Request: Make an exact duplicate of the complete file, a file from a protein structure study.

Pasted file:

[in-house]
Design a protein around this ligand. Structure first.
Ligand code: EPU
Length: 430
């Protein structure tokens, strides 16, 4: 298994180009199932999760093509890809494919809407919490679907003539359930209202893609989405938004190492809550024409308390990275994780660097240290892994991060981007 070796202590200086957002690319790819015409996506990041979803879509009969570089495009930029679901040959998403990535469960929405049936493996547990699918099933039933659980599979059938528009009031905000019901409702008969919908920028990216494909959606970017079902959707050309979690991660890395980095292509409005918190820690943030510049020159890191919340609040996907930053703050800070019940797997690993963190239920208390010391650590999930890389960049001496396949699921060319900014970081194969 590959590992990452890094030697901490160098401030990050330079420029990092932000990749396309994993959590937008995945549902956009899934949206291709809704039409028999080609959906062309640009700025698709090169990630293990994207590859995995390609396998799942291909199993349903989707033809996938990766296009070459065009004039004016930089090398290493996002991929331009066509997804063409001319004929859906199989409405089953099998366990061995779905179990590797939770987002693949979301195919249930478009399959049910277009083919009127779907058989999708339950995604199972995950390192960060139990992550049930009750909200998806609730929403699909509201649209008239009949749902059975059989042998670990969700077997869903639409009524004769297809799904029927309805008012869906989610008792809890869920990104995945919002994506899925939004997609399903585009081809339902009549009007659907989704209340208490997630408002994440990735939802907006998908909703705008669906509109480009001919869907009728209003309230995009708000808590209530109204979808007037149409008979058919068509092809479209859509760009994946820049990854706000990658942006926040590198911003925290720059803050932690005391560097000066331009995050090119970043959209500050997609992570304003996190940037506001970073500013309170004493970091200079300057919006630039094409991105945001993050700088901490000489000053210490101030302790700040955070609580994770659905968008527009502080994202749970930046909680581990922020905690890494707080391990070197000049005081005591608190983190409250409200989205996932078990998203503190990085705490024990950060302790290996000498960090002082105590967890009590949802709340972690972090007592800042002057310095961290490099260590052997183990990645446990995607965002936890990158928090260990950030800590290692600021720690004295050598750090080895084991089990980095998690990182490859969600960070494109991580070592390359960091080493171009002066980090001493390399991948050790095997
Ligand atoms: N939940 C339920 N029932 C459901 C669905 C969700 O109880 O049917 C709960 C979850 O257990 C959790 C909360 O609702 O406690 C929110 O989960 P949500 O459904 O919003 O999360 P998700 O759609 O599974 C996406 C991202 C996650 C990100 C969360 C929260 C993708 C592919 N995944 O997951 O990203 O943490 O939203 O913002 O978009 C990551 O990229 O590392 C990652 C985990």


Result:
[in-house]
Design a protein around this ligand. Structure first.
Ligand code: EPU
Length: 430
């Protein structure tokens, strides 16, 4: 298994180009199932999760093509890809494919809407919490679907003539359930209202893609989405938004190492809550024409308390990275994780660097240290892994991060981007 070796202590200086957002690319790819015409996506990041979803879509009969570089495009930029679901040959998403990535469960929405049936493996547990699918099933039933659980599979059938528009009031905000019901409702008969919908920028990216494909959606970017079902959707050309979690991660890395980095292509409005918190820690943030510049020159890191919340609040996907930053703050800070019940797997690993963190239920208390010391650590999930890389960049001496396949699921060319900014970081194969 590959590992990452890094030697901490160098401030990050330079420029990092932000990749396309994993959590937008995945549902956009899934949206291709809704039409028999080609959906062309640009700025698709090169990630293990994207590859995995390609396998799942291909199993349903989707033809996938990766296009070459065009004039004016930089090398290493996002991929331009066509997804063409001319004929859906199989409405089953099998366990061995779905179990590797939770987002693949979301195919249930478009399959049910277009083919009127779907058989999708339950995604199972995950390192960060139990992550049930009750909200998806609730929403699909509201649209008239009949749902059975059989042998670990969700077997869903639409009524004769297809799904029927309805008012869906989610008792809890869920990104995945919002994506899925939004997609399903585009081809339902009549009007659907989704209340208490997630408002994440990735939802907006998908909703705008669906509109480009001919869907009728209003309230995009708000808590209530109204979808007037149409008979058919068509092809479209859509760009994946820049990854706000990658942006926040590198911003925290720059803050932690005391560097000066331009995050090119970043959209500050997609992570304003996190940037506001970073500013309170004493970091200079300057919006630039094409991105945001993050700088901490000489000053210490101030302790700040955070609580994770659905968008527009502080994202749970930046909680581990922020905690890494707080391990070197000049005081005591608190983190409250409200989205996932078990998203503190990085705490024990950060302790290996000498960090002082105590967890009590949802709340972690972090007592800042002057310095961290490099260590052997183990990645446990995607965002936890990158928090260990950030800590290692600021720690004295050598750090080895084991089990980095998690990182490859969600960070494109991580070592390359960091080493171009002066980090001493390399991948050790095997
Ligand atoms: N939940 C339920 N029932 C459901 C669905 C969700 O109880 O049917 C709960 C979850 O257990 C959790 C909360 O609702 O406690 C929110 O989960 P949500 O459904 O919003 O999360 P998700 O759609 O599974 C996406 C991202 C996650 C990100 C969360 C929260 C993708 C592919 N995944 O997951 O990203 O943490 O939203 O913002 O978009 C990551 O990229 O590392 C990652 C985990």